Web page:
Fried Sweetbreads (Chickpeas, green chiles, garlic) were next up. These are not flour-based breads as you might think, but rather the thymus or pancreas of a calf (can be that of a pig or lamb as well). As far as its etymology, “sweet” is likely used because the thymus is sweet and rich tasting (as opposed to savory tasting muscle flesh), while “bread” comes from either the Old English brede (“roasted meat”) or brǣd (“flesh” or “meat”). Luke and I were thrilled to get a dish not usually offered in restaurants. He found it “very tender” and “not chewy, as you might expect. Also, the chickpeas popped in your mouth and the crust and salt were great.” For me, the dish was so airy, it was practically non-existent: all I tasted was the seasoning. I wished there was more substance, but I suppose the sweetbread’s lightness is what makes it such a delicacy. Still good to try if you’ve never had sweetbreads before.
Our appetizer round finished with the Jerusalem Kugel (Brisket, fideos, cherries). The vermicelli noodles and other ingredients were baked in a dish before serving. The flavors of the plate reminded me of delicious upscale Chinese food. I didn’t mind the compactness of the mound; I liked the crispy crust it developed and the way it contrasted the soft interior. The “well known and even balanced flavor” in Luke’s words made Jessica consider the dish good, but nothing incredible.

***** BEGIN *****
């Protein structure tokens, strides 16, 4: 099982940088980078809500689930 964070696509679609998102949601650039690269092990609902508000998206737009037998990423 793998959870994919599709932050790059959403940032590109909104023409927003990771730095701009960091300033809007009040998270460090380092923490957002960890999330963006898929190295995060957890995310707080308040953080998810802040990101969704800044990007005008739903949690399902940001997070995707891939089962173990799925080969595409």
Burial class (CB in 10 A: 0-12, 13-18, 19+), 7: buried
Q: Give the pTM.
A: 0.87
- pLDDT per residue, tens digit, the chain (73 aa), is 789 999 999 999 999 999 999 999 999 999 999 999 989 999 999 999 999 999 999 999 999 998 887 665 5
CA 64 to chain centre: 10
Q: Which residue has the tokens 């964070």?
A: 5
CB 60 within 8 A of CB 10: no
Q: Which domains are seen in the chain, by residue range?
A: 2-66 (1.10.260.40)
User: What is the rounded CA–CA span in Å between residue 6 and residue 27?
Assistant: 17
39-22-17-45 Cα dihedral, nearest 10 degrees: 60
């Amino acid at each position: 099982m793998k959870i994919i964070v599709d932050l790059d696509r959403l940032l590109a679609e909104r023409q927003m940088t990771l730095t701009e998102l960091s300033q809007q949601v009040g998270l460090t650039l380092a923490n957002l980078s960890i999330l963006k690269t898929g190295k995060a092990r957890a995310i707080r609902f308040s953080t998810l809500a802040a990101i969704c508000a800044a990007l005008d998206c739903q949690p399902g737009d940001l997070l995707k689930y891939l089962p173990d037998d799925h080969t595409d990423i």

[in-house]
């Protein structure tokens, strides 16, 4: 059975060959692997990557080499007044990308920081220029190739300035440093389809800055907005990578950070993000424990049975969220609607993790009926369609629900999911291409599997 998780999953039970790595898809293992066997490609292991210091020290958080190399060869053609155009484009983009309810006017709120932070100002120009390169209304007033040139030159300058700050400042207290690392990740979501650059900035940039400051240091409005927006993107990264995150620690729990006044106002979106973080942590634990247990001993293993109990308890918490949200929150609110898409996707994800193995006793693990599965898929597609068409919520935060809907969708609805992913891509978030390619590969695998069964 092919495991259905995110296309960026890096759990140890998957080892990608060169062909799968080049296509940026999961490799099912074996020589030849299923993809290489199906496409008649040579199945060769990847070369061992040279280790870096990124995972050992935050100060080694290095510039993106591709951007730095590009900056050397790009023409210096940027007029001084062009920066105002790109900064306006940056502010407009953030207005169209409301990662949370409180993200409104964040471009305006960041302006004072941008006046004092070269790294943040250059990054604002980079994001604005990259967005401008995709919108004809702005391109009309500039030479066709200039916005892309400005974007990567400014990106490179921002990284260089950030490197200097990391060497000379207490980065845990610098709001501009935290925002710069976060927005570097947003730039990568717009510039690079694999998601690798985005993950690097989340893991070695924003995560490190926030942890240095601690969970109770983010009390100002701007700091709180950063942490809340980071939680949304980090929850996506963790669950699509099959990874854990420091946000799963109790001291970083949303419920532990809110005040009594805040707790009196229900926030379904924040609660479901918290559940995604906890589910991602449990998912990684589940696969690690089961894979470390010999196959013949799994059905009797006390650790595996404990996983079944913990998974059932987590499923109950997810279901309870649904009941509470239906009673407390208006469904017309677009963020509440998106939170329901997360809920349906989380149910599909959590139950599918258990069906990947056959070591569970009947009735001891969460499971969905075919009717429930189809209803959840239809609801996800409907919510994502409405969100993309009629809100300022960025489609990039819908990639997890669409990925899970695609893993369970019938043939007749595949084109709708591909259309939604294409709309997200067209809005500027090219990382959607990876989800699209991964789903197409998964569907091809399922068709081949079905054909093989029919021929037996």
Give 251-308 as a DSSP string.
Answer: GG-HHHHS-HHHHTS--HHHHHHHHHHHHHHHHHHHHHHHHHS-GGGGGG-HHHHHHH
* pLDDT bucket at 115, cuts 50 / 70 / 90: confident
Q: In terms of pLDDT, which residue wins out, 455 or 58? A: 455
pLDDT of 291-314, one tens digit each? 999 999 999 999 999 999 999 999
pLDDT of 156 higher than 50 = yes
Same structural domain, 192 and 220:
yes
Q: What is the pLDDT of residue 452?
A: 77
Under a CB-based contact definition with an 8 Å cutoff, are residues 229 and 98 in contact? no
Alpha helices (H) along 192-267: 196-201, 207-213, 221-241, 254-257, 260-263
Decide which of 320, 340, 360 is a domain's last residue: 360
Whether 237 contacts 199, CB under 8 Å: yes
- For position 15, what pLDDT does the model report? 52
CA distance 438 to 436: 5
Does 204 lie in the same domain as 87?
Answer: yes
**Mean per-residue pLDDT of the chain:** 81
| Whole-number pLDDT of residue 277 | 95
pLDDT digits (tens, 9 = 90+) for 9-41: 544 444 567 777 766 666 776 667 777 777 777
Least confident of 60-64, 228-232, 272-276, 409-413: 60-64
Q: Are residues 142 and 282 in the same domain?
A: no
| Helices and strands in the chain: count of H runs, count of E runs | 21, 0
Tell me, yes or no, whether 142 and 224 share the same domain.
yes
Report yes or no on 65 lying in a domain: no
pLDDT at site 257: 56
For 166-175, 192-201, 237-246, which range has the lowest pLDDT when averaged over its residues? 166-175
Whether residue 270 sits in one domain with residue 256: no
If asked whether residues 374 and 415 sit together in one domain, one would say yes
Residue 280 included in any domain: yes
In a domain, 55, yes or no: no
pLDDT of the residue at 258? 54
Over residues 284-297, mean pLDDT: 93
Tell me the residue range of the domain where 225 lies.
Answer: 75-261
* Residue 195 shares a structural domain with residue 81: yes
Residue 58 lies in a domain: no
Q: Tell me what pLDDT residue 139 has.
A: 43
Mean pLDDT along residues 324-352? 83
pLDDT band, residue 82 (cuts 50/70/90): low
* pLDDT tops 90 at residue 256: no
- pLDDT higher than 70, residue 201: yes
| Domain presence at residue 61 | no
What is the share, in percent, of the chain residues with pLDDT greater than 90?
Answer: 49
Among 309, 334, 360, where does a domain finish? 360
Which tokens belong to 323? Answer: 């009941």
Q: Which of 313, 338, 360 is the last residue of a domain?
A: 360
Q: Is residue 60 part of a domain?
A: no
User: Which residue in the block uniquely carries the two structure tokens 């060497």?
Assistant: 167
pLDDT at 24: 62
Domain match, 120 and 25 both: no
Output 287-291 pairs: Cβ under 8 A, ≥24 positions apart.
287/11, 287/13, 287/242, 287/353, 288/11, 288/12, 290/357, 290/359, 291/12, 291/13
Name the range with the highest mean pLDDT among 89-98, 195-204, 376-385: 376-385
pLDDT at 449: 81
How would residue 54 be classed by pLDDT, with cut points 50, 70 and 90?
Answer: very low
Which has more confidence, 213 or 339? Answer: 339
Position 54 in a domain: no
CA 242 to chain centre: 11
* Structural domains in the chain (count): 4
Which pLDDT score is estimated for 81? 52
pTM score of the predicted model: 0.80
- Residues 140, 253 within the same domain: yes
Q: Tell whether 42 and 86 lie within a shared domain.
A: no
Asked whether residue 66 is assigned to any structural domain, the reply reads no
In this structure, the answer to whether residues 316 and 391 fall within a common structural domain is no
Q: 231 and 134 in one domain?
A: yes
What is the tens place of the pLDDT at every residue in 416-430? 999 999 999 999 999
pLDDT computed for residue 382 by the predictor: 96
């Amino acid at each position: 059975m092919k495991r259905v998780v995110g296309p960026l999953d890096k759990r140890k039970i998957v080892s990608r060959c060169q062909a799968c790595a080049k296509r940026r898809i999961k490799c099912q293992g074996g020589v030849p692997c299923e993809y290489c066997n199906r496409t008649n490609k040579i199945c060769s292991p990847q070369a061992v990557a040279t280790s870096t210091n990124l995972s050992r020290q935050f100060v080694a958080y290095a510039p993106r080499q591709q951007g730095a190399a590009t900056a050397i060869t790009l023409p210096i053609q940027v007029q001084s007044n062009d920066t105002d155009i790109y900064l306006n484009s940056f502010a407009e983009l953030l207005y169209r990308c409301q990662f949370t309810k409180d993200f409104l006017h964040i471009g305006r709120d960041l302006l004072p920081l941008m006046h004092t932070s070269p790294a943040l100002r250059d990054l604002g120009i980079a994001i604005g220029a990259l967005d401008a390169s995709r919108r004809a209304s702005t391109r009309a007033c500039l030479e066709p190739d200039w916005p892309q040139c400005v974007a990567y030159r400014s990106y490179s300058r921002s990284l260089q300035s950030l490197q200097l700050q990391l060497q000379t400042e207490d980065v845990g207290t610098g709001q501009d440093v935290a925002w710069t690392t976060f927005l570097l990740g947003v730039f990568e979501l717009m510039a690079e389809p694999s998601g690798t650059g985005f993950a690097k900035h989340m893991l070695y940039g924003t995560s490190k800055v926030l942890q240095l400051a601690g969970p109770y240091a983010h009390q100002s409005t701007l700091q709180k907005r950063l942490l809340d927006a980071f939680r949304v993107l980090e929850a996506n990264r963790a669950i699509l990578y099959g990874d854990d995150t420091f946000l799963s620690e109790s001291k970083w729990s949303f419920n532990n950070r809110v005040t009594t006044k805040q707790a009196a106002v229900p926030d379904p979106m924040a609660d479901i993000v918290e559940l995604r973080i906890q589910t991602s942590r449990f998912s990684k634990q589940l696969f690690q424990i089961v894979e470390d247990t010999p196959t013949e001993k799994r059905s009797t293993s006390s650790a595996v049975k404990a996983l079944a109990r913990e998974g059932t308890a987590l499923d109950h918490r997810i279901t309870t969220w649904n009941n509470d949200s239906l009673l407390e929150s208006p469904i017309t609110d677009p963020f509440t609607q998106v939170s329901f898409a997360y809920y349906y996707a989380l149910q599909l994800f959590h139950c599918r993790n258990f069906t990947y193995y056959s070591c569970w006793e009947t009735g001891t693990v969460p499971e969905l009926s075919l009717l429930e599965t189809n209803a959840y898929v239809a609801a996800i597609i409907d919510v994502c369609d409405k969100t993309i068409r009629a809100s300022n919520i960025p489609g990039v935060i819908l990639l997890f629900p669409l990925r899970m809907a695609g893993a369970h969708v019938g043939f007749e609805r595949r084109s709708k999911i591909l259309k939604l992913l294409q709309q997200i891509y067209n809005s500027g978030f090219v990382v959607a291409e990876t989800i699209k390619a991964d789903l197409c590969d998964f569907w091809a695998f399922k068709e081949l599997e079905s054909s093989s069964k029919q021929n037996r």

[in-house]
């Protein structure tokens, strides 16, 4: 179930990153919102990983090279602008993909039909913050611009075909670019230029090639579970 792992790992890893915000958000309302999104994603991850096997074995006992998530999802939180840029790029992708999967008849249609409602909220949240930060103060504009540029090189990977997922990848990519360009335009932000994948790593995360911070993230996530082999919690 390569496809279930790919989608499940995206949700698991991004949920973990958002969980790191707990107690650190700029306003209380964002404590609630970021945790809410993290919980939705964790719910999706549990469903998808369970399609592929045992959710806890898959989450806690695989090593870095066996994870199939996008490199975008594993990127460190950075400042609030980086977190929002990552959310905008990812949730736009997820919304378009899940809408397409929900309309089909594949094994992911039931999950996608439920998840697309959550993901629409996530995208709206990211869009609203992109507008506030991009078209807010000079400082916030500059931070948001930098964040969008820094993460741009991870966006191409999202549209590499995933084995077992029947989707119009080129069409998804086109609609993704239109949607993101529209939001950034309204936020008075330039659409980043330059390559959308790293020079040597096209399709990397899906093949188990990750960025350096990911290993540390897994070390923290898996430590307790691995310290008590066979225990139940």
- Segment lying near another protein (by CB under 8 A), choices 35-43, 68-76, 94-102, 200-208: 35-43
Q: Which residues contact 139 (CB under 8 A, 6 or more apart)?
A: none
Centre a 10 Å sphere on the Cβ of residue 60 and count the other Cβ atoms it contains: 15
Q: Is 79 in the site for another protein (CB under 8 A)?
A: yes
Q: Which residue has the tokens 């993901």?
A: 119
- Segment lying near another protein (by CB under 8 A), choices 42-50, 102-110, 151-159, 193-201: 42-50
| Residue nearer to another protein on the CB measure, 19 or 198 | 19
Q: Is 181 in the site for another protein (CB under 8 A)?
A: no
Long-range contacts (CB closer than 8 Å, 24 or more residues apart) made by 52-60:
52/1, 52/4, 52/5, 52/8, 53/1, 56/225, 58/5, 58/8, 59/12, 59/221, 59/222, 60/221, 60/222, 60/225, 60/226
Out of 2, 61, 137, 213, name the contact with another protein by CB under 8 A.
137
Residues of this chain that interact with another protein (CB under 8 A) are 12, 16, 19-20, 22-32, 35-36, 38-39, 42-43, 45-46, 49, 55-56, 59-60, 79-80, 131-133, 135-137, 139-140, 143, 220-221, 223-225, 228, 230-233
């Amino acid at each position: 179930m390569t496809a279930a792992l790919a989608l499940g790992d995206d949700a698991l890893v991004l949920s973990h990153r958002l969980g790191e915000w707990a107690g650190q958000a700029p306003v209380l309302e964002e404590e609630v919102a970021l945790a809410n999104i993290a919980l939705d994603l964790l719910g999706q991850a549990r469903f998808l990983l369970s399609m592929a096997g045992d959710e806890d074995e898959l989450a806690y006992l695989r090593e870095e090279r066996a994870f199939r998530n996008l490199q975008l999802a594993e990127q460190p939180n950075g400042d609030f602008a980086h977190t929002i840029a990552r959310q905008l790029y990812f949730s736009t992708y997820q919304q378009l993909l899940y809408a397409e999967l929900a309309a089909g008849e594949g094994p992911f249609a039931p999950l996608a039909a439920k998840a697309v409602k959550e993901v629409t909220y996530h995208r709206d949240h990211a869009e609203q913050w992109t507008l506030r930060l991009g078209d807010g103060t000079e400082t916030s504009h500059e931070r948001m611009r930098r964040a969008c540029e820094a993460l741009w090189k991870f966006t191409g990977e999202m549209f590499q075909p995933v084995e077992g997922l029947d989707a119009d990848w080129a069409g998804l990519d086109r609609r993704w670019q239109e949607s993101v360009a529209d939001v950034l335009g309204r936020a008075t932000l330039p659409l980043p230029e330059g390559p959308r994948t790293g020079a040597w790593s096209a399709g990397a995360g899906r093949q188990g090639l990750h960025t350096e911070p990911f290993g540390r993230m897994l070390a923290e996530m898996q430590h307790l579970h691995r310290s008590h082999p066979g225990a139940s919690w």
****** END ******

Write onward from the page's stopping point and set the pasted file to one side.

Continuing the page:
While all three dishes were tasty, we were all split on our favorite Mezze plate. I enjoyed the kugel, Luke favored the sweetbreads, and Jessica adored the sable.
It was time to begin the Al Ha’esh (Grilled Over Coals) course! The bowl of Chicken Shishlik (Figs, almonds, carrots, pumpkin-saffron rice pilaf) that arrived first had us instantly clamoring for more. So tender, so juicy… that was some utterly amazing, absolutely mouthwatering thigh dark meat. The figs added a nice sweetness as well, giving the dish an extra-special touch. Both Luke and Jessica thought it was excellent; Luke in particular loved the “earthy and delicate tones from the figs, carrots, and pumpkin, accentuated by the roasted almonds.”
You could best liken Kofte (Ground beef and lamb, cumin, peppers, carrots) to an Israeli variation of the Italian meatball. I enjoyed the aromatic, flavorful combination of beef and lamb, which was perked up with a welcome touch of spiciness. The Kofte lied on a warm bed of savory red pepper salad; I liked the subtle sweetness that the sautéed peppers contributed. Jessica liked the dish in general, but thought it was salty. In slight contrast, Luke actually found the salad more “tart” and thought “the salt wasn’t overbearing.”